Joan and the creature stared at each other until the dog pulled Joan back to the path.
This in itself was very unsettling, but to make matters worse, the creature would then appear at Joan’s window in the middle of the night and wake her up. These nocturnal visits stopped when Joan moved away from the area.
Meanwhile, a man called Tom says he has seen a Pukwudgie on two occasions. The first was when he was walking through the Freetown State Forest one night.
He saw a glow in front of him, a glow that seemed to swell as if it were breathing. Tom followed this glow until it vanished.
Turning around, he saw a two-foot-tall creature covered in fur with a nose like a wolf. The creature ran off, emitting an eerie moan as it did so.
Tom’s second meeting with what he believes was a Pukwudgie was in the Freetown State Forest’s parking lot. He had parked his car, put the radio on, and was enjoying the solitude when he saw the same creature he had seen in the woods.
Being only 20 feet away, Tom recognized the creature instantly and noted its glowing red eyes. Tom says his car’s engine turned on by itself, and the radio began to blare. Panicked, he drove home at speed.
The Indiana Pukwudgies
As seen from the above sightings, the Pukwudgies are often associated with the forests of New England. However, the troll-like beings are also prevalent with native-American tribes in Indiana.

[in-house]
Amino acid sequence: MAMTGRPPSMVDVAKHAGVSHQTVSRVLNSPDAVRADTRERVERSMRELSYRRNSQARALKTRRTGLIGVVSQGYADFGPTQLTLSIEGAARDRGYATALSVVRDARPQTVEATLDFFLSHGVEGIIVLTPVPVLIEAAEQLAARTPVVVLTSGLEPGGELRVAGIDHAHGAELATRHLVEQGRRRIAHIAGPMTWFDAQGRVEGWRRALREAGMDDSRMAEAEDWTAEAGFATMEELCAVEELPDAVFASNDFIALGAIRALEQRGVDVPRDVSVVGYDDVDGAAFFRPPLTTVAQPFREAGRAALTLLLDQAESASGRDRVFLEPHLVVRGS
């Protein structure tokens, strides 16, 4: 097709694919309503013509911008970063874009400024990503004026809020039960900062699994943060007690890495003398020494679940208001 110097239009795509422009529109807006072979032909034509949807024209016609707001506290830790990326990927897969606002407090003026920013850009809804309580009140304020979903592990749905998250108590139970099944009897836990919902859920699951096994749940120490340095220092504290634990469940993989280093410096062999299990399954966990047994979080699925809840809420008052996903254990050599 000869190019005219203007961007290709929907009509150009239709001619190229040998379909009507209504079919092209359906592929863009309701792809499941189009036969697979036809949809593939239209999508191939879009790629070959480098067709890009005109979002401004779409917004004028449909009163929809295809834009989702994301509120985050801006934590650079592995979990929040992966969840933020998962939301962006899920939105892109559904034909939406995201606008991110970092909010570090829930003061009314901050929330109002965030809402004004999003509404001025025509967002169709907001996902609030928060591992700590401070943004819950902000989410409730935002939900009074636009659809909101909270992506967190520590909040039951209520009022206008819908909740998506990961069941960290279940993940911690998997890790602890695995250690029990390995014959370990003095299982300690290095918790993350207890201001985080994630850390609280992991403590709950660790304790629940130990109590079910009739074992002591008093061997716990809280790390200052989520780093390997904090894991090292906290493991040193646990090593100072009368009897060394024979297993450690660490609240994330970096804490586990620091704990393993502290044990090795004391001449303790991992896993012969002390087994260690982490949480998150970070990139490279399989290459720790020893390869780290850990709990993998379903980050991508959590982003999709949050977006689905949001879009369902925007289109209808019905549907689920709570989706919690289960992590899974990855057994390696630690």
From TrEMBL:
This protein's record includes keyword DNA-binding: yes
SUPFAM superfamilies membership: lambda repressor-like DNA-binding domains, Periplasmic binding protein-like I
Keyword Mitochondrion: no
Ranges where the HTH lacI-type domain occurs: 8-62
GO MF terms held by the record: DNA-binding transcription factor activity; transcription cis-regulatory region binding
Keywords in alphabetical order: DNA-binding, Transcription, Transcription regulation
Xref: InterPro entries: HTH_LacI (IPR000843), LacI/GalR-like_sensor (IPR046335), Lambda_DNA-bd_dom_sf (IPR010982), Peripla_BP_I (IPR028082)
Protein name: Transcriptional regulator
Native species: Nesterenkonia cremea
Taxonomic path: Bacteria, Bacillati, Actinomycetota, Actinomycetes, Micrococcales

The area around Anderson, IN, and particularly the woods around Mound State Park, has experienced multiple sightings of Pukwudgies.
Author and archaeologist Paul Startzman has written extensively about his own sightings of mysterious goblin-like animals in the Mound State Park.
These encounters first began back in 1927 when he was just ten years old. While hiking in the woods, Startzman was interrupted by a small man about half the boy’s size. The Pukwudgie had greyish-blonde hair that looked like a helmet, with ears protruding out.
Over the following decades, Startzman went on to document his many encounters in his book, The Puk-Wud-Jies of Indiana.
He also interviewed multiple locals about their own experiences. He spoke to one woman, known only as Eloise H., who explained that when she was a young girl, she had been playing in the woods when she was approached by a group of little people.
Eloise said the little people spoke a strange language she could not understand. She also claimed that they approached her again years later when she was in the woods.
It seems from the above sightings that Pukwudgies may latch on to certain people and follow them for years. But in all these cases, they appear benevolent.
Where to find
americas-most-haunted.com, “The Case for Cryptids: Pukwudgie”, accessed August 25 2017,
exemplore.com, “10 Mysterious Monsters of North America”, accessed August 25 2017,
geekandsundry.com, “The Real Meaning of Your Ilvermorny House Might Surprise You”, accessed August 25 2017,
newenglandfolklore.blogspot.co.uk, “Pukwudgies in Freetown: Some Fairy Sightings in Massachusetts”, accessed August 25 2017,
https://tinyurl.com/3wb6uwbr, “Pukwudgies and Where to Find Them,” accessed February 6, 2023,
Startzman Paul. “The Puk-Wud-Jies of Indiana” (Dorrance Publishing Company, 1998),
http://www.native-languages.org/pukwudgie.htm, “Native American Legends: Pukwudgie (Puckwudgie),” accessed February 6, 2023.
Last modified on February 6th, 2023 at 10:06 am